AbstractHealthcare providers are facing a coronavirus disease pandemic. This pandemic may last for many months, stressing the Canadian healthcare system in a way that has not previously been seen. Keeping healthcare providers safe, healthy, and available to work throughout this pandemic is critical. The consistent use of appropriate personal protective equipment (PPE) will help assure its availability and healthcare provider safety. The purpose of this communique is to give both anesthesiologists and other front-line healthcare providers a framework from which to understand the principles and practices surrounding PPE decision-making. We propose three types of PPE including: 1) PPE for droplet and contact precautions, 2) PPE for general airborne, droplet, and contact precautions, and 3) PPE for those performing or assisting with high-risk aerosol-generating medical procedures.

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    This article appears in the collection: Anaesthesiology, Personal Protective Equipment (PPE) and COVID.

    Notes

    summary
    1

    Lockhart et al. provide a considered exploration of COVID-19 infection-control issues specific to anaesthesiologists, proposing an additional third category of personal protective equipment (PPE).

    Give it to me in point form!

    They propose three PPE types:

    1. Droplet & contact precaution PPE: surgical mask, gown, gloves.
    2. General airborne, droplet & contact PPE: addition of N95 respirator mask and eye protection.
    3. PPE for high-risk aerosol-generating medical procedures: addition of gown neck protection and double gloves.

    Why should I take notice?

    The Canadian view on PPE is tempered by both their current significant COVID burden, and their experience of the 2003 SARS pandemic which infected 257 Canadians, 20% of whom were healthcare workers. Much of our PPE evidence is based upon SARS. This article emphasises the importance of PPE for anaesthesiologists and their airway assistants.

    On airborne spread?

    Unfortunately much of what we did not know about respiratory spread and SARS in 2005 persists today:

    Although this observation [about lack of knowledge of SARS infectious droplets] was made 15 years ago, basic questions regarding nosocomial spread during the SARS epidemic, and now the COVID-19 pandemic, have yet to be answered.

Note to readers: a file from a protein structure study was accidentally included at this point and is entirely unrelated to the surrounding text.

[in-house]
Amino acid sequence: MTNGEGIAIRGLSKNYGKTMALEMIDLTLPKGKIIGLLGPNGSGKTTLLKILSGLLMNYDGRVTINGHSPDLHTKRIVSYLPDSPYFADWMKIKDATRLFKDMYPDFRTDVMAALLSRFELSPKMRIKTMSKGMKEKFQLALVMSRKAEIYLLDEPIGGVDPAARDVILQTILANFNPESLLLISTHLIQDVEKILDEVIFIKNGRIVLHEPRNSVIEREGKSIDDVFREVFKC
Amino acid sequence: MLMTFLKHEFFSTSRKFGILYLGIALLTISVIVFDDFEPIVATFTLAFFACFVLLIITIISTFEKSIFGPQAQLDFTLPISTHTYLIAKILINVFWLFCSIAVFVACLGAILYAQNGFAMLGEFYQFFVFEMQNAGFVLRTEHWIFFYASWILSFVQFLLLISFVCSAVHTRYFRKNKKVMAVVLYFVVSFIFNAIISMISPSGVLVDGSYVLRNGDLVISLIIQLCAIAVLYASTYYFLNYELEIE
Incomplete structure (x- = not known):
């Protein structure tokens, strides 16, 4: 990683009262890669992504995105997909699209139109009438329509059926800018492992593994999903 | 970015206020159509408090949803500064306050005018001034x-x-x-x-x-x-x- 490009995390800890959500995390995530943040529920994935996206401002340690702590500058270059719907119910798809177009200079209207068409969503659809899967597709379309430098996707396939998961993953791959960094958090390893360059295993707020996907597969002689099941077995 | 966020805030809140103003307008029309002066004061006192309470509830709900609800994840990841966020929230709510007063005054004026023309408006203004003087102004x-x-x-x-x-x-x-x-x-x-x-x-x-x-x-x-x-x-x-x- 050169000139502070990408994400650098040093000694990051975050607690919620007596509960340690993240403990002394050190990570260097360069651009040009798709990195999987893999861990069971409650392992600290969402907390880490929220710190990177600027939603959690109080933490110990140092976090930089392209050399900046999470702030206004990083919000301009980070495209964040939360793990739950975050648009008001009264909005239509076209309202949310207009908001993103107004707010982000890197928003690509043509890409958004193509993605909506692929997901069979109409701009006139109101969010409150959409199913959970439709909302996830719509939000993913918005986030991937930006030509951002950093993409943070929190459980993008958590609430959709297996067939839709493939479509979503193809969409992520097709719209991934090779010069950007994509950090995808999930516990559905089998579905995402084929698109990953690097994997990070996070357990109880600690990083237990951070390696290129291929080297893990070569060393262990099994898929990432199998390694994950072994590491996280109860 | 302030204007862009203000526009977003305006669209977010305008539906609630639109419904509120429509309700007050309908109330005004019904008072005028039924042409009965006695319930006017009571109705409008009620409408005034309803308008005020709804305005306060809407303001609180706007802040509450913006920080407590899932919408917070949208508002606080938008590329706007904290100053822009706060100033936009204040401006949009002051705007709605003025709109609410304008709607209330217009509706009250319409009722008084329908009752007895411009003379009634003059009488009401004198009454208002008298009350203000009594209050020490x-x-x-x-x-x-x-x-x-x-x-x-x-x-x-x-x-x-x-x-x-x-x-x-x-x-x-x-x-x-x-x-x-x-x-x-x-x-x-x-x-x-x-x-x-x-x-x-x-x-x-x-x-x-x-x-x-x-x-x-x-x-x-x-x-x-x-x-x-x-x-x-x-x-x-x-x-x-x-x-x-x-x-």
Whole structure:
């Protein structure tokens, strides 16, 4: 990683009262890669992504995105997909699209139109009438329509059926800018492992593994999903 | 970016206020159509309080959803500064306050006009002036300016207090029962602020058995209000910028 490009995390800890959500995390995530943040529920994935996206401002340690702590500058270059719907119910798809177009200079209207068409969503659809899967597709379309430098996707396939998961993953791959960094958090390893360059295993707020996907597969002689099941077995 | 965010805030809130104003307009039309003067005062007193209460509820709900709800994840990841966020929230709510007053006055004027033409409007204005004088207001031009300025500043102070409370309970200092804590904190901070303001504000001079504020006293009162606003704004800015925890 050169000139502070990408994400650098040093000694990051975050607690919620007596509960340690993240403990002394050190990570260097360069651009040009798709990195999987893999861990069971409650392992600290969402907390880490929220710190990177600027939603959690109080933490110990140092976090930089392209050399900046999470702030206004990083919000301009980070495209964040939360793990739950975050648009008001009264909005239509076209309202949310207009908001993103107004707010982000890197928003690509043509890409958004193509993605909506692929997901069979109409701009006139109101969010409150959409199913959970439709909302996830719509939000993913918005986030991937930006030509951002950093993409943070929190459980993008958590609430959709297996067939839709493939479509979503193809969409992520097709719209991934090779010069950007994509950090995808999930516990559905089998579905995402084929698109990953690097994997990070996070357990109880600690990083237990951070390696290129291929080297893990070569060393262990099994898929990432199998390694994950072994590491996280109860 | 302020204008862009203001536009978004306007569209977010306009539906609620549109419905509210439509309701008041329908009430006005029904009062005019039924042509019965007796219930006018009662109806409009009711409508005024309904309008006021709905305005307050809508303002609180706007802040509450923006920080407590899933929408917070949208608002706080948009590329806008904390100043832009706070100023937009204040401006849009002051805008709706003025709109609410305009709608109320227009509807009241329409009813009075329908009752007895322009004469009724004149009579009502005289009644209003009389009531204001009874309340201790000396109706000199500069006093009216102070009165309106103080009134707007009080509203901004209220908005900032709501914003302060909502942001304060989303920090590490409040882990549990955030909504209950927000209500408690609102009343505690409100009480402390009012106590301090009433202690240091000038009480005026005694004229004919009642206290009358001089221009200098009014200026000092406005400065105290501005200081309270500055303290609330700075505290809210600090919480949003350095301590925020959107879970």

Absence of evidence however, should not imply evidence of absent airborne spread.

    The role of airborne particles in the spread of COVID-19 remains unclear, although Lockhart notes the infamous case of Hong Kong's Amoy Gardens housing complex in the 2003 SARS outbreak, resulting in 187 cases – likely via airborne spread.

    Endotrachial intubation has been shown in several studies to be a high-risk procedure for healthcare worker infection. Considering this the authors reccomend a third level of PPE, adding:

    1. AAMI level-2 gown, incluidng neck protection, noting that the neck is a high-risk area for contamination in simulation studies.
    2. Double gloves that overlap the sleeve, noting that the gown-glove interface is a common PPE failure site, and that Verbeek's 2020 Cochrane review concluded that there was less contamination vs single gloving (RR 0.36).

    Additionally:

    • Only allow presence of essential staff in room during AGP.
    • Provide access to shower resources for staff after high-risk AGP.
    • Do not ‘‘MacGyver’’ homemade combinations of PPE.
    • Doffing is a high-risk critical moment, that should not be rushed, distractions should be minimised, and use a doffing supervisor. Pay attention when donning to ease later doffing.
    • Masks should be the last item removed.

    Final word

    Lockhart emphasises that there is no ideal PPE, but by focusing on consistent protection at known high-risk interactions (ie. intubation) safety improvements can be made.

    Daniel Jolley  Daniel Jolley